Jul 15 2013

Why We Need IT Procurement Reform in Local Government

Government and vendors alike describe current contracting processes as slow and expensive.

In this era of tight budgets, we must transform the way state and local government programs are run, boost effectiveness and efficiency, and radically improve cost control.

Achieving those goals requires the procurement of goods and services.

State CIOs recognize the need to improve the government technology acquisition process to maximize the impact of IT investments. Most IT leaders acknowledge that government procurements are often time-consuming, resource-intensive, expensive, risky and just plain painful for both the public sector and vendors. The current approach unnecessarily increases costs, which isn't in anyone's best interest.

From the vendors' perspective, the frustrations run deep. Many believe that overly prescriptive generic contract terms aren't well suited to complex IT projects. The protracted procurement cycles are driving competition and innovative solutions out of the market. All too often, states try to shift as much risk as possible to the contractor. It's time to enact contracting reforms that align states with practices used in the private sector.

The acquisition processes must be streamlined to speed procurement. In many states and localities, IT procurements often stretch from 12 to 18 months, which makes the procurement time-consuming and expensive for everyone. Lengthy contracting processes delay deployment of solutions.

Role Models

Several states have managed to better balance risk in government IT contracts, which TechAmerica sees as a driver for more robust competition in bids and an enabler of more creative partnerships between the client and the contractor.

For example, the state of California has a unique statutory power to use a negotiations process when procuring IT goods and services. Section 6611 of the state's Public Contract Code allows use of flexible procurement techniques to better define California's needs, identify different types of solutions, accommodate constraints of bidders and realize "best value" for the state.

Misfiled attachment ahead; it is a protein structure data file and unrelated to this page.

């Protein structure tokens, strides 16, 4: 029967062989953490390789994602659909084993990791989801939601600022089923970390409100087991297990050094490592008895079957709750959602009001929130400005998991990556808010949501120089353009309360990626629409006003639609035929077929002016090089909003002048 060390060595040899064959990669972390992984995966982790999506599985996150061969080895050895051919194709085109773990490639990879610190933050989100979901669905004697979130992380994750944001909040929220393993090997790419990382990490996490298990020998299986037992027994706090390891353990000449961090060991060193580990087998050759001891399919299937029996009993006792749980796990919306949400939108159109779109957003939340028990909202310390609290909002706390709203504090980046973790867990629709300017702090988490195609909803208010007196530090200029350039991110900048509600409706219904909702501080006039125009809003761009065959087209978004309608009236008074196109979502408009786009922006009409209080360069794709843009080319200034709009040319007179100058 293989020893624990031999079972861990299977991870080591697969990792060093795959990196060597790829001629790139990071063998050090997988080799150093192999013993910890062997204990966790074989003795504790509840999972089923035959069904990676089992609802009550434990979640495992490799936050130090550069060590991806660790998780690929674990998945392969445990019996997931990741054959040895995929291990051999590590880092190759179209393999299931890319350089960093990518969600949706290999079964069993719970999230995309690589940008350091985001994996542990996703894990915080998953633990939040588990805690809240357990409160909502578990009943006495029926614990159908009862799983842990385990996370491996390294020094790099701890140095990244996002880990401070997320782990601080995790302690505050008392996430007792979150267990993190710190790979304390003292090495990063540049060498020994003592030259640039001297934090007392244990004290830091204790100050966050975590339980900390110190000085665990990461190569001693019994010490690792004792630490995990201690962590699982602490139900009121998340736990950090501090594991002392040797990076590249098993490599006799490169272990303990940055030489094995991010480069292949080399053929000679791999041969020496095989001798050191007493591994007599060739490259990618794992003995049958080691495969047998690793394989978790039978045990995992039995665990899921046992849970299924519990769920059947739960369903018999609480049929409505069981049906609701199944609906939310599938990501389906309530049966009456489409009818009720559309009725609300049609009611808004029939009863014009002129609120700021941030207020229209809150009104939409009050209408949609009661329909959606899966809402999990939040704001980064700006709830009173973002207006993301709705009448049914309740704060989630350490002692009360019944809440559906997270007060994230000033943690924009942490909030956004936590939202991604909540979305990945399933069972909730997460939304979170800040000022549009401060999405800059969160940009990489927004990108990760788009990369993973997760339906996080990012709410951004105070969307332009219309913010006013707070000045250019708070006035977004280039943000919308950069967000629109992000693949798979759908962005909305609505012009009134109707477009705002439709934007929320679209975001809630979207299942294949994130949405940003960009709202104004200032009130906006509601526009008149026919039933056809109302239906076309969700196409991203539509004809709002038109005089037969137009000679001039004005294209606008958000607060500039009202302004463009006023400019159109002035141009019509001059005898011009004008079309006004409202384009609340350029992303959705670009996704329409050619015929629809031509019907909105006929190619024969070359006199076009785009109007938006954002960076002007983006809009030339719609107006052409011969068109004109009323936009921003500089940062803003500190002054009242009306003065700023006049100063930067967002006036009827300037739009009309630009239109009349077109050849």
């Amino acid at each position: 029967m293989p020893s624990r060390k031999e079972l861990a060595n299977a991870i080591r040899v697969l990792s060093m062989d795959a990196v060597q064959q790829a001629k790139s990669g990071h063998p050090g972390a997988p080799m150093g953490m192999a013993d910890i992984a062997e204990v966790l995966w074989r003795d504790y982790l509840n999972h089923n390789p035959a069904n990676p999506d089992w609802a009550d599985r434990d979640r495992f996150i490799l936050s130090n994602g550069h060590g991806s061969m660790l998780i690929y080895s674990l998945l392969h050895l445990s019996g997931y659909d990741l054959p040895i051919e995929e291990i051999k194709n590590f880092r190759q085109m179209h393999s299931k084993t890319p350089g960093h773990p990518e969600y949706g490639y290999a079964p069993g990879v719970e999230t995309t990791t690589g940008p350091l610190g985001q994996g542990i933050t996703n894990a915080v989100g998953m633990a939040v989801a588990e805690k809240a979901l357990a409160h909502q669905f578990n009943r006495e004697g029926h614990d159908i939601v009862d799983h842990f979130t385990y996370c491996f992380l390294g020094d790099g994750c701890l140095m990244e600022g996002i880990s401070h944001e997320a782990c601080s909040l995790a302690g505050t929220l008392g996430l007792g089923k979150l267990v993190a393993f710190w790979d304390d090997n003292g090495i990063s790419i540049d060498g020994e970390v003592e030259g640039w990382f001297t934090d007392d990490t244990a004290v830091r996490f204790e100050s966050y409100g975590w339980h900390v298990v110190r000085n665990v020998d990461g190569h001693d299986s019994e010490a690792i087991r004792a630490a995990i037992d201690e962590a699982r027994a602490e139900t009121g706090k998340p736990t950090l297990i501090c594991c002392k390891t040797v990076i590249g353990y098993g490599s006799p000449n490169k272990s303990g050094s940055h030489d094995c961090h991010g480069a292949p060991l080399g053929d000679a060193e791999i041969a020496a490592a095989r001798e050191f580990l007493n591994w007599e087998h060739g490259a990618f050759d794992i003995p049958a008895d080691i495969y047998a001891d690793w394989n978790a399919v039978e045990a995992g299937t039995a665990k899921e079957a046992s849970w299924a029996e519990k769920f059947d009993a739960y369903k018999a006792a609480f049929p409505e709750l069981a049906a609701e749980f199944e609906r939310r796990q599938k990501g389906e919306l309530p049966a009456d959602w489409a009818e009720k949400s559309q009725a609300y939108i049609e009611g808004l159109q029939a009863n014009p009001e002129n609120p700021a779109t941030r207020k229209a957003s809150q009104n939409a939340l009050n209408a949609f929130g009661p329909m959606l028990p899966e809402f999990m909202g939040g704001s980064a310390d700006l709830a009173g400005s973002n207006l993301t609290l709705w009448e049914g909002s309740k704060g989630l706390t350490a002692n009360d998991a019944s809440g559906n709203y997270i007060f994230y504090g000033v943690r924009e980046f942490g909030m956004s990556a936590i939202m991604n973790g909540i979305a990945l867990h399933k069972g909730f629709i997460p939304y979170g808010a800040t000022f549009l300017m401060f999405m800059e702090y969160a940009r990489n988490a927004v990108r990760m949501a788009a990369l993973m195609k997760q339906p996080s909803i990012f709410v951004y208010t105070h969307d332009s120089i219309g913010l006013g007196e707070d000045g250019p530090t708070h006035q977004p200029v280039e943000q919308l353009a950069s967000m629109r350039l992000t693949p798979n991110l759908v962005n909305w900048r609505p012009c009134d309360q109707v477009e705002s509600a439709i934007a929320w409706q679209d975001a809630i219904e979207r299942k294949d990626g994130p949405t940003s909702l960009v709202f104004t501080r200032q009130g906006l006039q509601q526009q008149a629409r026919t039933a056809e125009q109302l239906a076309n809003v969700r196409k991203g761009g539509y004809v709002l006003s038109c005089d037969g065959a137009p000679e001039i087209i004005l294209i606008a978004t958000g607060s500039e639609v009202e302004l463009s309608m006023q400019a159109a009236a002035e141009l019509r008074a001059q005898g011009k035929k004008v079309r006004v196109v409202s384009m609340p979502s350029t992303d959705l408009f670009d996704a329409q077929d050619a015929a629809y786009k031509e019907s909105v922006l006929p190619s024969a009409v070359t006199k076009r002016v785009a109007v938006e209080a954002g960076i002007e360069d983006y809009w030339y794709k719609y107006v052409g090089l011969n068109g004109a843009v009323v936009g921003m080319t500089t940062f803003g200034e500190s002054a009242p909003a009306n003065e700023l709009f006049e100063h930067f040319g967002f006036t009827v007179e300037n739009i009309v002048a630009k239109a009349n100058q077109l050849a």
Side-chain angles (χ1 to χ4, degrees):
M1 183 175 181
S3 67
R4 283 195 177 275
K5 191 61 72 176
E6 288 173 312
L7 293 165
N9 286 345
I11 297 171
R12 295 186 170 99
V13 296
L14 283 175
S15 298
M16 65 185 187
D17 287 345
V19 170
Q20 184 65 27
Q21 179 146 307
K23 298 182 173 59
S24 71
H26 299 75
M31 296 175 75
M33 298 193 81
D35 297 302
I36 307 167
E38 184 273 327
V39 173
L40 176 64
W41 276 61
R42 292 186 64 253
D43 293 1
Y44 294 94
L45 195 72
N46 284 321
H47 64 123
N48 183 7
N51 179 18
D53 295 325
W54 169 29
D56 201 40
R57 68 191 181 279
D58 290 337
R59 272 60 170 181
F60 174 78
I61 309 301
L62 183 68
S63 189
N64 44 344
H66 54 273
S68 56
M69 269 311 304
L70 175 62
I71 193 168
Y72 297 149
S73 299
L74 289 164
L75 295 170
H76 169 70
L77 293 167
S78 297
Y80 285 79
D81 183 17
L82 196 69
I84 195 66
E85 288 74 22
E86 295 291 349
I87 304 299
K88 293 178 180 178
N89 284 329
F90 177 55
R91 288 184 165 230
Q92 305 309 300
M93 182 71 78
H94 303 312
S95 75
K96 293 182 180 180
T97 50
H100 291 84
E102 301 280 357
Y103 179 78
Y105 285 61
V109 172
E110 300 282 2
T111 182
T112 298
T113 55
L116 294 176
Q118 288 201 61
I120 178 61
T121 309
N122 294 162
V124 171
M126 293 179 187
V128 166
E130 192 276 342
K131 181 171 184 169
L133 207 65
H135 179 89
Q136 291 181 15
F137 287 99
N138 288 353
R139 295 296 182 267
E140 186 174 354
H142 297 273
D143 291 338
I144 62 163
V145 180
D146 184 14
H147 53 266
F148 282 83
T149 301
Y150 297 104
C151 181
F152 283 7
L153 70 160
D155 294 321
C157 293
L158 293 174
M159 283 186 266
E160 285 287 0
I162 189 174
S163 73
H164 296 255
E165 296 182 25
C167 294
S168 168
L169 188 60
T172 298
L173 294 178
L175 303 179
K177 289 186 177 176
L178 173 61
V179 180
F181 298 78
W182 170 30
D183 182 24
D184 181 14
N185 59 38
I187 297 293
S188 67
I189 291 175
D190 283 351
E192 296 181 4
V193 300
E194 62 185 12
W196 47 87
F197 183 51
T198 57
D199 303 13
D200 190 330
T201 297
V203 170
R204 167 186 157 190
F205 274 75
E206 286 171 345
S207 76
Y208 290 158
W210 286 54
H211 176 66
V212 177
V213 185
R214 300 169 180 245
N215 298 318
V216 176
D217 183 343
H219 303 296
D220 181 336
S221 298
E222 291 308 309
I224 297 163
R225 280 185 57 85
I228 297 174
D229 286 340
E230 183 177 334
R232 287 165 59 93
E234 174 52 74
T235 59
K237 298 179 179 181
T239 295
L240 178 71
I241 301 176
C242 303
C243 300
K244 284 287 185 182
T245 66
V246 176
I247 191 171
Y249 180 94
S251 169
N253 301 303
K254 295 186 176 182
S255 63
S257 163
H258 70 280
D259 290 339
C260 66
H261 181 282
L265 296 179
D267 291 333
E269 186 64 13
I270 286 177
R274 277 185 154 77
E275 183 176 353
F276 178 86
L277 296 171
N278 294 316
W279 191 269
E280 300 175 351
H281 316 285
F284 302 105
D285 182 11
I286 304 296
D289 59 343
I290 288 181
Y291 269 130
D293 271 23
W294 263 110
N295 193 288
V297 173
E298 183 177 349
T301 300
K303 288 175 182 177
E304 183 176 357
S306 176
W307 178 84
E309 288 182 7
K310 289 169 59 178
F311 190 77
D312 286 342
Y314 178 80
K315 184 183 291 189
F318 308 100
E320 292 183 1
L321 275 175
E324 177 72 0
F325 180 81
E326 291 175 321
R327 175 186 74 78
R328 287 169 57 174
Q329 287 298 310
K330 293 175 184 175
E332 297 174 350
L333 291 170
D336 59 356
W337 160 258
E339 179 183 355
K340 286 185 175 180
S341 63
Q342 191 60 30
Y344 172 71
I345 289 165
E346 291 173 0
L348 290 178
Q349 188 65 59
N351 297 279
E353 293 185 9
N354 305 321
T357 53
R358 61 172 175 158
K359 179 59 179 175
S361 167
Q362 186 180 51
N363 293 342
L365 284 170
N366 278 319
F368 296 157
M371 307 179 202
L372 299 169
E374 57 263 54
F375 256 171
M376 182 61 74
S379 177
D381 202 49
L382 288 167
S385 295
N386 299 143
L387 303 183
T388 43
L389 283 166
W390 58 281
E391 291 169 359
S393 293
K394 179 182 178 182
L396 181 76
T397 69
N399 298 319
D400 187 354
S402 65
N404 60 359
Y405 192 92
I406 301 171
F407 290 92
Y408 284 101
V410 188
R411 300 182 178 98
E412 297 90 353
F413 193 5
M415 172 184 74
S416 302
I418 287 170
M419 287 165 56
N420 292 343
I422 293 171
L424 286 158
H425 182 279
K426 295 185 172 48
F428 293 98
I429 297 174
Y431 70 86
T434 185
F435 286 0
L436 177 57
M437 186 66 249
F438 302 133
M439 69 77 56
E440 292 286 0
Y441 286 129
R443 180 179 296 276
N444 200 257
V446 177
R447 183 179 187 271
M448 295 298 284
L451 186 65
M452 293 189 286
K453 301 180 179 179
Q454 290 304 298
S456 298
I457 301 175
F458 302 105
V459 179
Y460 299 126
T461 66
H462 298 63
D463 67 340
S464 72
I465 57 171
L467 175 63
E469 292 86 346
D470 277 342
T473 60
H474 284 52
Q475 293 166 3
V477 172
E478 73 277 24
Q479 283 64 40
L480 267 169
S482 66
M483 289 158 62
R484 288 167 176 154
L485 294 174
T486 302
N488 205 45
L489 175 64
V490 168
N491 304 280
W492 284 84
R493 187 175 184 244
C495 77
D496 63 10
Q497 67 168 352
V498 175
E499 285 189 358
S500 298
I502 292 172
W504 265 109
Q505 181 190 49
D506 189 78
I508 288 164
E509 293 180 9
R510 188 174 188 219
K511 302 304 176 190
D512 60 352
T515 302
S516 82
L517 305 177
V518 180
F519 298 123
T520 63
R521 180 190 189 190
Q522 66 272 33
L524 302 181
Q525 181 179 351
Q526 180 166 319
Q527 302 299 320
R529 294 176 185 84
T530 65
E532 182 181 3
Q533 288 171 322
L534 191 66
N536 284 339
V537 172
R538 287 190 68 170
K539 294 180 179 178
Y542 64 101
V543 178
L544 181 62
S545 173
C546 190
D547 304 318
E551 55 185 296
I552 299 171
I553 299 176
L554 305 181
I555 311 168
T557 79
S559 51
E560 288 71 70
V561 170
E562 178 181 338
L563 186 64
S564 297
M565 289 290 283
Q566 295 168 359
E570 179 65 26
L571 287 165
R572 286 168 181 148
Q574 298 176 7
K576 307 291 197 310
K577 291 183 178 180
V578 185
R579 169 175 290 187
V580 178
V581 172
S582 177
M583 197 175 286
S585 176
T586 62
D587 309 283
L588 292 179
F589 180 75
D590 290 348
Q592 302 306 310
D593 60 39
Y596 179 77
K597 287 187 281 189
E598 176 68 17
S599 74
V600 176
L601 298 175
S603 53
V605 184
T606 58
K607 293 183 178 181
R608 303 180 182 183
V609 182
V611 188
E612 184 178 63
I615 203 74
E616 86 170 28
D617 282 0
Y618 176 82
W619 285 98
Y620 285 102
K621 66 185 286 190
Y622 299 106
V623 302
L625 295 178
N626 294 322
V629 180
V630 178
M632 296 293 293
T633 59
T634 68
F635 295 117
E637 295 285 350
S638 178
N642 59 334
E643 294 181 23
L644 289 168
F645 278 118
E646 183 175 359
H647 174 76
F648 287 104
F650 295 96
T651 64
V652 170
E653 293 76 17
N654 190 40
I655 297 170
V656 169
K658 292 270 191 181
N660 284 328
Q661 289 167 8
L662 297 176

Maryland is examining its IT terms and conditions and expects to adopt a set of standard terms that will reflect those that other states have employed successfully. And the commonwealth of Massachusetts is evaluating its IT procurement processes to determine how to make them less burdensome and more efficient.


Percentage of CIOs who are moderately dissatisfied or very dissatisfied with the current IT procurement system in their state

SOURCE: "The 2012 State CIO Survey" (NASCIO, October 2012)

In addition to recognizing that procurements need to be fair, open and competitive, state officials are also seeking ways to improve procurement outcomes, especially for large, mission-critical projects.

These examples are a mere glimpse at the progress we've seen lately. Many other states either recognize they have a problem or are actively taking steps to change their procurement rules and processes.

Collaboration Is Key

State CIOs have offered suggestions for re-engineering and streamlining the IT procurement process, such as tapping consortium procurement and enterprise agreements. Some CIOs have cited the need to partner and collaborate with the procurement office, help them obtain additional staffing, change approval limits to allow for expedited purchasing, and move the IT procurement function to the CIO's office.

Finally, technology advancements such as cloud computing, present new challenges. A new way of thinking is needed for terms and conditions in areas such as portability, security and records management.

Nearly everyone can agree that open, robust competition among suppliers is the goal. To that end, contracting practices and terms that balance the risk between the client and contractor are imperative for state and local government.